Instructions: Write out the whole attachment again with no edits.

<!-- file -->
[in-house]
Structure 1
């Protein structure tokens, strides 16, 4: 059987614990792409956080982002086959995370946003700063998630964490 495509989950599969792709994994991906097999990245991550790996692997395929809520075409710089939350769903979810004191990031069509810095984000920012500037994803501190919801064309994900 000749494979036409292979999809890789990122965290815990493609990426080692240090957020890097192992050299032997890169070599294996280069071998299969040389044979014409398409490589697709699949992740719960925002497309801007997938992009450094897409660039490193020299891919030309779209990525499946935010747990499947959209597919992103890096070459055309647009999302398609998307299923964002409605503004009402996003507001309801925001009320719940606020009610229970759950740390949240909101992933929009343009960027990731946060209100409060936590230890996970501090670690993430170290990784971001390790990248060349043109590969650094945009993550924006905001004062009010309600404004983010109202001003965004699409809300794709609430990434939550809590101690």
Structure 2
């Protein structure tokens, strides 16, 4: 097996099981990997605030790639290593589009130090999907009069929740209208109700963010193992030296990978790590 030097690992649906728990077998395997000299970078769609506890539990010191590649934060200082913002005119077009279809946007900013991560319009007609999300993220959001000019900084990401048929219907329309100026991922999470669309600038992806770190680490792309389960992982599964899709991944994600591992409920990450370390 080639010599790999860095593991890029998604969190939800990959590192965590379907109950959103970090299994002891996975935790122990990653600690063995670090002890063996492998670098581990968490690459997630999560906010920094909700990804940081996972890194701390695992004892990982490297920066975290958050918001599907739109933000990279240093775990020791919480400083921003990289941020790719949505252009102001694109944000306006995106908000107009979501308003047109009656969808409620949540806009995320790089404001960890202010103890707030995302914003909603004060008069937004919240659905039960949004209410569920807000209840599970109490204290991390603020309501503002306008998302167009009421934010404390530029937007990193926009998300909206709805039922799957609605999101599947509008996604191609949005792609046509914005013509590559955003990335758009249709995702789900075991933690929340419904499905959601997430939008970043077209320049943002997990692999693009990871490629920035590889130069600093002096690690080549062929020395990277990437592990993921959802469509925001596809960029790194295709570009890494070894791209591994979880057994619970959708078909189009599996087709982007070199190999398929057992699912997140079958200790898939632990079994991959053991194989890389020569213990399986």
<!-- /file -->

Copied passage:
[in-house]
Structure 1
């Protein structure tokens, strides 16, 4: 059987614990792409956080982002086959995370946003700063998630964490 495509989950599969792709994994991906097999990245991550790996692997395929809520075409710089939350769903979810004191990031069509810095984000920012500037994803501190919801064309994900 000749494979036409292979999809890789990122965290815990493609990426080692240090957020890097192992050299032997890169070599294996280069071998299969040389044979014409398409490589697709699949992740719960925002497309801007997938992009450094897409660039490193020299891919030309779209990525499946935010747990499947959209597919992103890096070459055309647009999302398609998307299923964002409605503004009402996003507001309801925001009320719940606020009610229970759950740390949240909101992933929009343009960027990731946060209100409060936590230890996970501090670690993430170290990784971001390790990248060349043109590969650094945009993550924006905001004062009010309600404004983010109202001003965004699409809300794709609430990434939550809590101690």
Structure 2
């Protein structure tokens, strides 16, 4: 097996099981990997605030790639290593589009130090999907009069929740209208109700963010193992030296990978790590 030097690992649906728990077998395997000299970078769609506890539990010191590649934060200082913002005119077009279809946007900013991560319009007609999300993220959001000019900084990401048929219907329309100026991922999470669309600038992806770190680490792309389960992982599964899709991944994600591992409920990450370390 080639010599790999860095593991890029998604969190939800990959590192965590379907109950959103970090299994002891996975935790122990990653600690063995670090002890063996492998670098581990968490690459997630999560906010920094909700990804940081996972890194701390695992004892990982490297920066975290958050918001599907739109933000990279240093775990020791919480400083921003990289941020790719949505252009102001694109944000306006995106908000107009979501308003047109009656969808409620949540806009995320790089404001960890202010103890707030995302914003909603004060008069937004919240659905039960949004209410569920807000209840599970109490204290991390603020309501503002306008998302167009009421934010404390530029937007990193926009998300909206709805039922799957609605999101599947509008996604191609949005792609046509914005013509590559955003990335758009249709995702789900075991933690929340419904499905959601997430939008970043077209320049943002997990692999693009990871490629920035590889130069600093002096690690080549062929020395990277990437592990993921959802469509925001596809960029790194295709570009890494070894791209591994979880057994619970959708078909189009599996087709982007070199190999398929057992699912997140079958200790898939632990079994991959053991194989890389020569213990399986």